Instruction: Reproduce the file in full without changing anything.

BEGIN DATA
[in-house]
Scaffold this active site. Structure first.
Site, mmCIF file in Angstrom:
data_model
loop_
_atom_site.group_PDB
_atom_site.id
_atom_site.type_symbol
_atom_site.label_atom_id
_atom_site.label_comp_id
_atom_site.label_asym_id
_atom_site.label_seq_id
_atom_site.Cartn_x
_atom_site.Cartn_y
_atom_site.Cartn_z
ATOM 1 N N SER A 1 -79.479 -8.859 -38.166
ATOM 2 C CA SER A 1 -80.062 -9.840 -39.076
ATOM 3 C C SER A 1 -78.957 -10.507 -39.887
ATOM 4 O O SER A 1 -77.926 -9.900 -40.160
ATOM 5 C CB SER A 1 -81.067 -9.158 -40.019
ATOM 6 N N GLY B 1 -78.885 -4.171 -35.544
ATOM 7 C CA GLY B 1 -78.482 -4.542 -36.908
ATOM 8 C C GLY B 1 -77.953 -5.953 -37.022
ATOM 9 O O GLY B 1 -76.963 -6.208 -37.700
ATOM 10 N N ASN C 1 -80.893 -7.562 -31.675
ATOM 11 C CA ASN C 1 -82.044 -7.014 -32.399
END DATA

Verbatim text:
[in-house]
Scaffold this active site. Structure first.
Site, mmCIF file in Angstrom:
data_model
loop_
_atom_site.group_PDB
_atom_site.id
_atom_site.type_symbol
_atom_site.label_atom_id
_atom_site.label_comp_id
_atom_site.label_asym_id
_atom_site.label_seq_id
_atom_site.Cartn_x
_atom_site.Cartn_y
_atom_site.Cartn_z
ATOM 1 N N SER A 1 -79.479 -8.859 -38.166
ATOM 2 C CA SER A 1 -80.062 -9.840 -39.076
ATOM 3 C C SER A 1 -78.957 -10.507 -39.887
ATOM 4 O O SER A 1 -77.926 -9.900 -40.160
ATOM 5 C CB SER A 1 -81.067 -9.158 -40.019
ATOM 6 N N GLY B 1 -78.885 -4.171 -35.544
ATOM 7 C CA GLY B 1 -78.482 -4.542 -36.908
ATOM 8 C C GLY B 1 -77.953 -5.953 -37.022
ATOM 9 O O GLY B 1 -76.963 -6.208 -37.700
ATOM 10 N N ASN C 1 -80.893 -7.562 -31.675
ATOM 11 C CA ASN C 1 -82.044 -7.014 -32.399